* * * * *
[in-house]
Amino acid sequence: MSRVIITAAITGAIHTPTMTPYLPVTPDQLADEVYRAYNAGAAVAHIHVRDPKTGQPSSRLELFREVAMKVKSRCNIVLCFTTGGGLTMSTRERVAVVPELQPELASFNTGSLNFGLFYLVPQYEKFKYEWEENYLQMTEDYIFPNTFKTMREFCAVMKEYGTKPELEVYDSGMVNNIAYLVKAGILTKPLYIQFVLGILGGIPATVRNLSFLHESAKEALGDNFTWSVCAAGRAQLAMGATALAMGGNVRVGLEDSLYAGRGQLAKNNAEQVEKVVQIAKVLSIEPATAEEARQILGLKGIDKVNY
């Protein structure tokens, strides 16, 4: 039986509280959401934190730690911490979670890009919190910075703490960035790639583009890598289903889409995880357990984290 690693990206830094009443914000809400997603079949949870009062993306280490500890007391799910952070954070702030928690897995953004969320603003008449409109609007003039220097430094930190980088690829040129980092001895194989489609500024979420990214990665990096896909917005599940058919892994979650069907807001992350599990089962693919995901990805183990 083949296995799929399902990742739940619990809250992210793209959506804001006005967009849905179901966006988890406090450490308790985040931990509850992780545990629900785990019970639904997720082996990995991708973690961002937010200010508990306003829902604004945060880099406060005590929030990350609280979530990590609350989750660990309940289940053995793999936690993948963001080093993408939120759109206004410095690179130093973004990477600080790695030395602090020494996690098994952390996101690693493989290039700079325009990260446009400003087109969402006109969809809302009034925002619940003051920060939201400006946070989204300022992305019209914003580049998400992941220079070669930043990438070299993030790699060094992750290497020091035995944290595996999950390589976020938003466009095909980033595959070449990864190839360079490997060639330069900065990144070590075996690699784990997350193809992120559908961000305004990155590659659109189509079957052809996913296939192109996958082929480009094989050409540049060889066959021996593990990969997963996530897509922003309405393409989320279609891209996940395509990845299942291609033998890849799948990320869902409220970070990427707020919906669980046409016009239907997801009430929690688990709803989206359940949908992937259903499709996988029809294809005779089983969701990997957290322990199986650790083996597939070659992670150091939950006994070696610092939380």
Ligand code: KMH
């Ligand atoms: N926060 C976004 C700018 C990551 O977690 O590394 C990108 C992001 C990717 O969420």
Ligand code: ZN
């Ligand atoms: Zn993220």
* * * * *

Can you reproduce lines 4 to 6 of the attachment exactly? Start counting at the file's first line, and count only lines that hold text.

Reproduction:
Ligand code: KMH
């Ligand atoms: N926060 C976004 C700018 C990551 O977690 O590394 C990108 C992001 C990717 O969420």
Ligand code: ZN